He had just pushed clear of the top-gallant yard arm as it was disappearing.
When he recovered from his surprise he called out, but all was silent Capt. THICKNESSE was promoted to post captain February 1810.
- 1811 James Pattison STEWART, Baltic.
When information was received that the Danes intended to attack the British garrison on the island of Anholt, TARTAR, WRANGLER and SAFEGUARD were ordered there from Yarmouth.
Since the latter two were not ready, TARTAR sailed with SHELDRAKE on 20 March and anchored of the north side of the island on the 26th.
Just before dawn on the following day the sentries on the south side signalled the sighting of a enemy flotilla and TARTAR weighed to run to the eastward round the Knobens Shoal.
The Danish flotilla of 16 gunboats made off as soon as the frigate appeared and SHELDRAKE positioned herself to cut them off.
At about half past four in the afternoon she brought five of them to action and one struck almost immediately. She was No.9, armed with two long 18-pounders and four brass howitzers.
As soon as the 65 prisoners were taken on board, Capt. STEWART made for the largest lugger which also surrendered after exchanging a few shot. She proved to be gunboat No.
- 1 with two long 24-pounders and four brass howitzers and with 60 men on board.
- As night was coming on and SHELDRAKE had on board 40 more prisoners than her own crew, Capt. STEWART had to discontinue the action.
SHELDRAKE suffered no casualties and little damage.
- On Anholt the Danish forces were defeated by the British troops and marines with the loss of four officers killed, including the commander Major Melsteat, and sixteen officers and more than five hundred men taken prisoner.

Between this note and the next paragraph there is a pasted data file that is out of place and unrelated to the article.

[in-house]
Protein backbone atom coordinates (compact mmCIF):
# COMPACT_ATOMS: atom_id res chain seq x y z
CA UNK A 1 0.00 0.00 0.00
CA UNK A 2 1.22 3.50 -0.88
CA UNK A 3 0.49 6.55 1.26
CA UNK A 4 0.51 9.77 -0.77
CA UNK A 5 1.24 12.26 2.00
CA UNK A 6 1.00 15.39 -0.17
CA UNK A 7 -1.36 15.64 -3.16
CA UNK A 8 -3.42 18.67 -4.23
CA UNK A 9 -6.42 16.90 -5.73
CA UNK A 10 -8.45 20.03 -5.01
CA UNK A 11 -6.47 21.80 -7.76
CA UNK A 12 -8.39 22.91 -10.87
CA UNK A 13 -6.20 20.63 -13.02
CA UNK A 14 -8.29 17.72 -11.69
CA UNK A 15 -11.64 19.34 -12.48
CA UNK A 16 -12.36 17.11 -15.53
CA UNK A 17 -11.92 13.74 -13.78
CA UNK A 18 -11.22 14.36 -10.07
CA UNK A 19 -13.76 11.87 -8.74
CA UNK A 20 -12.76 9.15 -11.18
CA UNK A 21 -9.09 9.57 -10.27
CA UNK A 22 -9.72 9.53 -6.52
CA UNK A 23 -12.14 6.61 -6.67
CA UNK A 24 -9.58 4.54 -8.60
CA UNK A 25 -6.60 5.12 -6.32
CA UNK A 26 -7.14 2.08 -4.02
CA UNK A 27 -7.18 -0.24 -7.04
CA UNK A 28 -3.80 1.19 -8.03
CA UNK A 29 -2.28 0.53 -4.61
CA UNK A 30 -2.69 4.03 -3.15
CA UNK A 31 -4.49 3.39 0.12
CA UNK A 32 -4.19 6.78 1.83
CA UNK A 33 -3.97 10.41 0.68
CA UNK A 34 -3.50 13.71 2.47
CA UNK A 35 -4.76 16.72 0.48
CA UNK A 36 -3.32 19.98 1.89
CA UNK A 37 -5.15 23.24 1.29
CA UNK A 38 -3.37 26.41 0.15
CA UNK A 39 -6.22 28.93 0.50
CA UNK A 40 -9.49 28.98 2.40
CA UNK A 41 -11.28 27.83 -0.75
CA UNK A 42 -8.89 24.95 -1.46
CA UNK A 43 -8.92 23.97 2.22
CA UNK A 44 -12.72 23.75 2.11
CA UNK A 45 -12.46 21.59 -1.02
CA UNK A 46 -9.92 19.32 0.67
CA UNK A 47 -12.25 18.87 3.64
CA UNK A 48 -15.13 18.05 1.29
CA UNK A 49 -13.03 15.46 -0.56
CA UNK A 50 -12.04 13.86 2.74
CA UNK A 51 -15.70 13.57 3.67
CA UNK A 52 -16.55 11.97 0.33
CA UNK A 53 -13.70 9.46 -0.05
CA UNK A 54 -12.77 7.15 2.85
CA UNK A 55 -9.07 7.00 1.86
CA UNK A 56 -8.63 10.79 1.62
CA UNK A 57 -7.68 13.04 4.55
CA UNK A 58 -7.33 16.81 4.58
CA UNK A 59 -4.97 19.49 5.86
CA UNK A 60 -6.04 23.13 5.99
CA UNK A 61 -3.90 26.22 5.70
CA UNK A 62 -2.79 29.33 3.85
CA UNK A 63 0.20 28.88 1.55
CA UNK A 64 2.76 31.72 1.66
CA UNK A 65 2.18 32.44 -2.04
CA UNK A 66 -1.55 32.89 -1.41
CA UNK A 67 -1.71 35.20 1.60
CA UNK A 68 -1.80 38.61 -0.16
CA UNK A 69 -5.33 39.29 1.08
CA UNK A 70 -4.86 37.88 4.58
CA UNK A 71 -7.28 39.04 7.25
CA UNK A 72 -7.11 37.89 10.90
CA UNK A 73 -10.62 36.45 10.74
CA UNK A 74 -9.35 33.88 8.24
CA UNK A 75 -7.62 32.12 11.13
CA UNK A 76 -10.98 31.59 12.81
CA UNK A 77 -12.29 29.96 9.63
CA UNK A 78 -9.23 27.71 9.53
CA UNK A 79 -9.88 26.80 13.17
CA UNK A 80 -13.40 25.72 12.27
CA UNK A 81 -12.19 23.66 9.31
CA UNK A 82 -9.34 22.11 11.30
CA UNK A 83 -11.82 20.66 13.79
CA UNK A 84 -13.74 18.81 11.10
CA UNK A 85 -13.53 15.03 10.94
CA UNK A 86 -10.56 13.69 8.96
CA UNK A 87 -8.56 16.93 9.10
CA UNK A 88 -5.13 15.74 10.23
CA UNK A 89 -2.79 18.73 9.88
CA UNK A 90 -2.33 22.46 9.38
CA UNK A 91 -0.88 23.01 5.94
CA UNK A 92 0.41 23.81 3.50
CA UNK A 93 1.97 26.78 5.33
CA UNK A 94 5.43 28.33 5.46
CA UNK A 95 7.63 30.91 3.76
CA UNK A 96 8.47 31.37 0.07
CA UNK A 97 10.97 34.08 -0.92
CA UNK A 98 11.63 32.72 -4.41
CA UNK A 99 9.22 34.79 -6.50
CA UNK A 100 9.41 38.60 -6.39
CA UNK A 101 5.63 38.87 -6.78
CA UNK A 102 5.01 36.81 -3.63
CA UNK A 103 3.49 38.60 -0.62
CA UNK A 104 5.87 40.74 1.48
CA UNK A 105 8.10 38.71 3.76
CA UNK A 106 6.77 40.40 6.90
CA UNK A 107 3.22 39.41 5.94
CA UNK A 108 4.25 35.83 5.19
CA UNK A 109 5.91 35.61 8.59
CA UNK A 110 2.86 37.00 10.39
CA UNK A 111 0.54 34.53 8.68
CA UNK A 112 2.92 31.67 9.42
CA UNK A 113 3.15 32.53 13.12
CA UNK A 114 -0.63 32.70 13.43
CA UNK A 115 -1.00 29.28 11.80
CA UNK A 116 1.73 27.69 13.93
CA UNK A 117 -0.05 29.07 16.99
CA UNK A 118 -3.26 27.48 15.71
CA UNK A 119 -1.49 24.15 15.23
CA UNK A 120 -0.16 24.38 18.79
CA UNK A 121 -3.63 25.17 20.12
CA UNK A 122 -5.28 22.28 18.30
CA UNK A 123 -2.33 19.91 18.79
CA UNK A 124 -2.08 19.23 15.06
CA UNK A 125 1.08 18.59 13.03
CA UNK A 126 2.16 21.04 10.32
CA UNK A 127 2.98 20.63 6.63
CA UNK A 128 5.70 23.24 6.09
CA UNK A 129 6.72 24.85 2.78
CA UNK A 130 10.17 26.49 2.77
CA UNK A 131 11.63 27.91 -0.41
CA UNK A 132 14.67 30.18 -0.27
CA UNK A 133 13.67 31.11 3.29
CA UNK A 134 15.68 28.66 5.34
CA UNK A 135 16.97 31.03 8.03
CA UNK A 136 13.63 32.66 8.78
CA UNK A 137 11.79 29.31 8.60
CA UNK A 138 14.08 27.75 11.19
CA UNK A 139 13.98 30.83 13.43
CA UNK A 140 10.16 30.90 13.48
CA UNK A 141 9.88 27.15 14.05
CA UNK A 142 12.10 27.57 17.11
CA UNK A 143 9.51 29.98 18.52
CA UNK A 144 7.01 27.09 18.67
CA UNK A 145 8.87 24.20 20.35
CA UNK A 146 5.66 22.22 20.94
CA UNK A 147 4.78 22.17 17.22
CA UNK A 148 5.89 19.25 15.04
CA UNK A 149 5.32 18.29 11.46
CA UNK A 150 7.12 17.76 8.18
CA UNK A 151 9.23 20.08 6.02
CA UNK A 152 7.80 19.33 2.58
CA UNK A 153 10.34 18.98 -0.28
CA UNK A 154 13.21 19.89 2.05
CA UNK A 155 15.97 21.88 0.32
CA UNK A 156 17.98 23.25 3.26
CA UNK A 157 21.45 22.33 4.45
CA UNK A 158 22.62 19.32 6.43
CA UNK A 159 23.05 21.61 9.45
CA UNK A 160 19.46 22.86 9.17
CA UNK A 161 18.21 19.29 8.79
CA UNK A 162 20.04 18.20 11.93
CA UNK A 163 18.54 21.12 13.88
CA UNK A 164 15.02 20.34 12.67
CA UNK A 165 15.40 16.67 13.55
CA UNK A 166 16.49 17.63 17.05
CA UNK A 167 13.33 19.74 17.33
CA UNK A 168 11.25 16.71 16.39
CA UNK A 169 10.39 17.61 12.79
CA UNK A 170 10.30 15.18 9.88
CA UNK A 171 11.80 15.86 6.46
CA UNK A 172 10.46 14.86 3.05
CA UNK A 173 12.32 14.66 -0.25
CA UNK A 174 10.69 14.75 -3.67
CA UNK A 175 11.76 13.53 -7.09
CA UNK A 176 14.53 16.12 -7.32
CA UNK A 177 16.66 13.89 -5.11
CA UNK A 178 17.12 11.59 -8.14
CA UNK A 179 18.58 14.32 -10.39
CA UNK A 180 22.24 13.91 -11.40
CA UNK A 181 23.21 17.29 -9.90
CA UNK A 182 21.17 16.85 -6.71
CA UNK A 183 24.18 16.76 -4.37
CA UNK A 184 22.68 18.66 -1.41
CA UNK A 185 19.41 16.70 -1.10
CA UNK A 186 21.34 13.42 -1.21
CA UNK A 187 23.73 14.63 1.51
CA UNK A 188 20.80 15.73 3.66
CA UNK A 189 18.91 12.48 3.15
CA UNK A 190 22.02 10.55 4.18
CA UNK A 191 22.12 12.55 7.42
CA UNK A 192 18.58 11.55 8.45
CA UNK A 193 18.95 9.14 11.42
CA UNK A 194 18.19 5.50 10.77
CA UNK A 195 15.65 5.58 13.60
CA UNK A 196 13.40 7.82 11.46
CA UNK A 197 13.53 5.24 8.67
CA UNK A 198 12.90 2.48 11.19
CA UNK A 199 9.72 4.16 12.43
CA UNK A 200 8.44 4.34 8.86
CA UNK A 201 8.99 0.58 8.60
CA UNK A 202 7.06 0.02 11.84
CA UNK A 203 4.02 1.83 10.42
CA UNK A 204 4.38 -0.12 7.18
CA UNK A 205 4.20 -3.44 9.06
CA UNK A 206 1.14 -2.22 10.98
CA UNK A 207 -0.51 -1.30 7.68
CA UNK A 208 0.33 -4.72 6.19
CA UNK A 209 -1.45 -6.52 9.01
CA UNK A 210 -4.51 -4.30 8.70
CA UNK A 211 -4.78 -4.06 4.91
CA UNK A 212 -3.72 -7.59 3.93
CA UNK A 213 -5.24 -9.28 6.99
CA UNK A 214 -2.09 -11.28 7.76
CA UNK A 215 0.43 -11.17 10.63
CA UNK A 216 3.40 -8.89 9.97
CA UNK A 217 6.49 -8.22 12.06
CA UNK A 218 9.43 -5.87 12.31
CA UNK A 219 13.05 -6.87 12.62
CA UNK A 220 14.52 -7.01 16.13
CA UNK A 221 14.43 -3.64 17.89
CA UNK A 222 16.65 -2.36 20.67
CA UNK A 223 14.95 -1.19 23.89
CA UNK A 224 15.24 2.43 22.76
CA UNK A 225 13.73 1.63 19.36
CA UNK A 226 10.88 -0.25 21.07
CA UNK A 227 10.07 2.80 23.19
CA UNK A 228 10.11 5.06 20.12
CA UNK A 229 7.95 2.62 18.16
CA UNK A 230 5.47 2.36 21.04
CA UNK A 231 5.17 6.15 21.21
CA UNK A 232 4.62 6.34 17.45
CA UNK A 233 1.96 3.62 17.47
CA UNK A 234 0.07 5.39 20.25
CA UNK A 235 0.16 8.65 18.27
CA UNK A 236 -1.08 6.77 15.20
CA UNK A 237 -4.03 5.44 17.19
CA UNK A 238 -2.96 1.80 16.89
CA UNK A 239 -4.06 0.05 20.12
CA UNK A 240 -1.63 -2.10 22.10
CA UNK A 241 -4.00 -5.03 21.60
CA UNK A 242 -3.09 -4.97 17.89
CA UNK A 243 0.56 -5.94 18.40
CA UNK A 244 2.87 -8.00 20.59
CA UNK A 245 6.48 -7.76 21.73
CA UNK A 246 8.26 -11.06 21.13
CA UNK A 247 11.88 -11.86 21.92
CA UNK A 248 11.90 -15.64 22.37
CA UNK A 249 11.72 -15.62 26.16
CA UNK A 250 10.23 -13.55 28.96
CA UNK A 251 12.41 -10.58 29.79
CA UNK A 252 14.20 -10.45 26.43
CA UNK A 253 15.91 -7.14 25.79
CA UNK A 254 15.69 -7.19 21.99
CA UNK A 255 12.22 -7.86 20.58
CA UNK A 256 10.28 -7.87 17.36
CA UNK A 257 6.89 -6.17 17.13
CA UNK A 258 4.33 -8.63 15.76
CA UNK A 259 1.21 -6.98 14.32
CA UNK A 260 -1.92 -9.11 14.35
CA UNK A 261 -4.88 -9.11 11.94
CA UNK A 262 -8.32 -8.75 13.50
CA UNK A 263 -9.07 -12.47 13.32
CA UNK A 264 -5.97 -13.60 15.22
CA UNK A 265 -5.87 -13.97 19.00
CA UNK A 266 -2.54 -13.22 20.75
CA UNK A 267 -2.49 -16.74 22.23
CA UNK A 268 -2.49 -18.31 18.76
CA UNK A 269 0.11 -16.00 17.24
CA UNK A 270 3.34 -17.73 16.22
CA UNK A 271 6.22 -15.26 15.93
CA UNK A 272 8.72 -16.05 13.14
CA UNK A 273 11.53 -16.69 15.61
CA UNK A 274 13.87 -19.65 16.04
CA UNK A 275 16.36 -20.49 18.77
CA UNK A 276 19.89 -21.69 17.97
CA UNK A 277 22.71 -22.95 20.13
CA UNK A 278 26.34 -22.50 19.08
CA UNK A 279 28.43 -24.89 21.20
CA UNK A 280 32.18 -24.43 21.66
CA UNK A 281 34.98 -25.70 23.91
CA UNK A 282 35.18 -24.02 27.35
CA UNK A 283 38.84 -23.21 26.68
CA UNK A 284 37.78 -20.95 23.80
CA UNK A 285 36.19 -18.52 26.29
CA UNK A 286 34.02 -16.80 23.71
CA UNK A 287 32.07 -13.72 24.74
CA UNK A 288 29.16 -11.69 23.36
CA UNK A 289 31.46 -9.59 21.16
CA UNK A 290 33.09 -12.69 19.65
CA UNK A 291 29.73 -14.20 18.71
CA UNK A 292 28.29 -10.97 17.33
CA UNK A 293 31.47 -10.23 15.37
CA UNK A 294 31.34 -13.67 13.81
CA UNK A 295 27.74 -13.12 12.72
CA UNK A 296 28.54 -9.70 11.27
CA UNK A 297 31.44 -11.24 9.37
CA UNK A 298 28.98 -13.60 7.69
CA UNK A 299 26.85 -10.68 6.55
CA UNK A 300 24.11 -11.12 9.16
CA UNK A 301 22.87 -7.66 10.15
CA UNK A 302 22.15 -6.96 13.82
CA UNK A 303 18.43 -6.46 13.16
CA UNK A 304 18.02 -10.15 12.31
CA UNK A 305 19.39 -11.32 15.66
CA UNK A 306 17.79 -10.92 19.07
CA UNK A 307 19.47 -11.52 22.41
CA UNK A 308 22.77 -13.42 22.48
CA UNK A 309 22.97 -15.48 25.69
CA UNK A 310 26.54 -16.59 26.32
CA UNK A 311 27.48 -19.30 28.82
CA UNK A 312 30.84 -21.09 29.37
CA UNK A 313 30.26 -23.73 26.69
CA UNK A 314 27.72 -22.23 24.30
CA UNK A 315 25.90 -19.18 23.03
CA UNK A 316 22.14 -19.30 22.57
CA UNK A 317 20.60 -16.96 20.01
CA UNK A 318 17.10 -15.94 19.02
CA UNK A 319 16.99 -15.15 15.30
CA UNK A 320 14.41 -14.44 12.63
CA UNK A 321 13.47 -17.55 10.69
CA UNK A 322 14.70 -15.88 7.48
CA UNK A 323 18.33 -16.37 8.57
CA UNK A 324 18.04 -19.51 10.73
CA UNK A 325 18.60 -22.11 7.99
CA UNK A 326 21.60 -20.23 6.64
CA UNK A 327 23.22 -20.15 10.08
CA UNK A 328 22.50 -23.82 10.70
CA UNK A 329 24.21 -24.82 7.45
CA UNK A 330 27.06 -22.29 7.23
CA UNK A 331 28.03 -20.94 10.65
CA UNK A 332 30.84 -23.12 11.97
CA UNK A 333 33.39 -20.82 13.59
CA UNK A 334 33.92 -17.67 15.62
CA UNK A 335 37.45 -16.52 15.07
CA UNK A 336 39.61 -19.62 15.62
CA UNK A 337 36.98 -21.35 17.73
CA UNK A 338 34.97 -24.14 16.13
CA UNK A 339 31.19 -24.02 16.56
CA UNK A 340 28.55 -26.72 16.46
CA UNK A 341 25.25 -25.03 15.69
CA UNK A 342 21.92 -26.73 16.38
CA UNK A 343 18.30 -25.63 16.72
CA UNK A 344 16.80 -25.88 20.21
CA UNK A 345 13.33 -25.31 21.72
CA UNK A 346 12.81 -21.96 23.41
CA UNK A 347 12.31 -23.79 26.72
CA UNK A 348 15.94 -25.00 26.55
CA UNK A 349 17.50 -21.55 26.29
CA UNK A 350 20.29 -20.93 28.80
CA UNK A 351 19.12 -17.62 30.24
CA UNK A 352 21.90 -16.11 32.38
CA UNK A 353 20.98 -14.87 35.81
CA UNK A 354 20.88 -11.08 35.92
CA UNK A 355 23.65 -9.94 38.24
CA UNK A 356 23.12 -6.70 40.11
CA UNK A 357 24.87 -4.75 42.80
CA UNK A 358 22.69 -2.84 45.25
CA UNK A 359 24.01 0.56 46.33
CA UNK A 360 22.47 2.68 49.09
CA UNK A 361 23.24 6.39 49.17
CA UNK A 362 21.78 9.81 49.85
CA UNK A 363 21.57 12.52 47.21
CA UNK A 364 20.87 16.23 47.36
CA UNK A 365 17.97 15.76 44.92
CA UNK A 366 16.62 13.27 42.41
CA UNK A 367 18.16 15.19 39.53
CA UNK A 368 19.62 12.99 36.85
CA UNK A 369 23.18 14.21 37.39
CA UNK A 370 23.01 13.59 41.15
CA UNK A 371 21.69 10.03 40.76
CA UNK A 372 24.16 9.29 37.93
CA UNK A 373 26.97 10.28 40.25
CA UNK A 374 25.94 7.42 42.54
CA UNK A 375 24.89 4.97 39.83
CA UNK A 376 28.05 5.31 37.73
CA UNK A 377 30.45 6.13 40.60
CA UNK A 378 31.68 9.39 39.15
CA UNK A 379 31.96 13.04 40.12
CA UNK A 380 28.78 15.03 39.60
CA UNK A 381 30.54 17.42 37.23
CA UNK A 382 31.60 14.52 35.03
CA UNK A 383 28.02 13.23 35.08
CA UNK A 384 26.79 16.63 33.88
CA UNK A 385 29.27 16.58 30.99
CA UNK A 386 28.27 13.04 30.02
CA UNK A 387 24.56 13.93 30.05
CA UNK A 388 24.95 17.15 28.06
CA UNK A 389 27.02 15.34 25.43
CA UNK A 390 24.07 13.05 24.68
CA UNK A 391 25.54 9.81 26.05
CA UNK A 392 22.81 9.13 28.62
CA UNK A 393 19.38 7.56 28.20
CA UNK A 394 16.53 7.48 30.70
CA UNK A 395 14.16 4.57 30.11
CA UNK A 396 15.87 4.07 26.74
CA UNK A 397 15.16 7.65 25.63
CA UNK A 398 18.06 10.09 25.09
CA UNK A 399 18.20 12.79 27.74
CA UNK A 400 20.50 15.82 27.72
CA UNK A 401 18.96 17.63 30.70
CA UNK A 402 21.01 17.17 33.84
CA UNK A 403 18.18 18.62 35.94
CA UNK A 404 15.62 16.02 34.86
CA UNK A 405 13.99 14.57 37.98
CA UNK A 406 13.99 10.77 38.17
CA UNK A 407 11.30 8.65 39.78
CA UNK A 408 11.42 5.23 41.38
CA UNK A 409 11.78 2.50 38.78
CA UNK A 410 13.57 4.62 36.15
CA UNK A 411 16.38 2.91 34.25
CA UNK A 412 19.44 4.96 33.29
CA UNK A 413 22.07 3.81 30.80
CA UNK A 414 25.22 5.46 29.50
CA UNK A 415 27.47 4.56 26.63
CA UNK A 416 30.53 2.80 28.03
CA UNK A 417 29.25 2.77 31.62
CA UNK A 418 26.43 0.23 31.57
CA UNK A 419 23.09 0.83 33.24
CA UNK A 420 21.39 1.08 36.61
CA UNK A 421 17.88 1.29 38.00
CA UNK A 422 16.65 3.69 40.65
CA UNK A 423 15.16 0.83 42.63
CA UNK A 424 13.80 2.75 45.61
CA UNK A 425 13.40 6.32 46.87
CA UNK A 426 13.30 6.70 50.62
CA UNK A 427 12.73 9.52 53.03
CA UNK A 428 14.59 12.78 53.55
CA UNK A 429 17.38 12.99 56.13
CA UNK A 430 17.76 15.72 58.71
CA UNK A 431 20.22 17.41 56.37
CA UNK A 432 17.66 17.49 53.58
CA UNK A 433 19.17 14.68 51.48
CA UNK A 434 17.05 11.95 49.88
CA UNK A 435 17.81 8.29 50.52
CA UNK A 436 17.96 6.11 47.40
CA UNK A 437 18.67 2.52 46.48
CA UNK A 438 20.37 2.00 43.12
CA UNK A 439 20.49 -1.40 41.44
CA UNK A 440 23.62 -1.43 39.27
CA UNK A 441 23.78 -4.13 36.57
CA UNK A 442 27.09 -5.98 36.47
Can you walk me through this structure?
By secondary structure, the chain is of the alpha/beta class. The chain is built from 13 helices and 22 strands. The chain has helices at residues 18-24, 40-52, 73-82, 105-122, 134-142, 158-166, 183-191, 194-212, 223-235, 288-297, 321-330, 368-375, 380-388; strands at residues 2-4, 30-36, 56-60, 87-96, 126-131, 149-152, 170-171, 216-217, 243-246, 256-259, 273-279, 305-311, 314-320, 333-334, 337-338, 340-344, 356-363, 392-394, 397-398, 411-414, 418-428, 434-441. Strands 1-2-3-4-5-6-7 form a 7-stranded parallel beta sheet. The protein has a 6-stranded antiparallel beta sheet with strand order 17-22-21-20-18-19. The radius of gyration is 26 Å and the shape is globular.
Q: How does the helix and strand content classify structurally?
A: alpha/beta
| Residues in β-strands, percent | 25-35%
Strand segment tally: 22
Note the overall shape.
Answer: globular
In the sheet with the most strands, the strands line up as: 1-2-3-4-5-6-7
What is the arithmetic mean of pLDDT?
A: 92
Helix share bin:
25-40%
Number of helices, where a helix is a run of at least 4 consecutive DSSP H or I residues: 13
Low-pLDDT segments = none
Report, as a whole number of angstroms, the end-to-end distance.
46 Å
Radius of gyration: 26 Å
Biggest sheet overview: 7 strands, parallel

In fact the island was so encumbered with prisoners that the British commander, Capt. MAURICE, had to arrange for them to be sent back to Jutland on parole in TARTAR and SHELDRAKE.
- A convoy of merchantmen under the protection of CRESSY, DEFENCE, DICTATOR, SHELDRAKE and BRUIZER was attacked on 5 July 1811 by a flotilla of 17 gun vessels and 10 row boats off Hielm Island.
Two of the four enemy boats which were lost struck to SHELDRAKE.
No.2 and No.5 each mounted one long 24-pounder and one 32-pounder carronade and carried a crew of 35 men each.
Both lieutenants commanding the gunboats were severely wounded and several of the men.
This was the fourth occasion that SHELDRAKE had been in action with gunboats and captured and destroyed five of them.
The 1st. lieutenant, William LUCKRAFT was especially commended by Capt. STEWART.
During October SHELDRAKE captured the French privateer L'AMIABLE D'HERVILLY off Meen Is. She was armed with four swivels and her crew escaped ashore.
- Capt. STEWART was promoted to post rank on 1 February 1812 and moved to DICTATOR.
- 1812 Henry LYFORD, Baltic.
- 1814 George BRINE, Spithead.
Following Napoleon's abdication vessels were despatched to frustrate any escape to America.
SHELDRAKE was stationed near the mouth of the Loire with OPOSSUM further out to sea.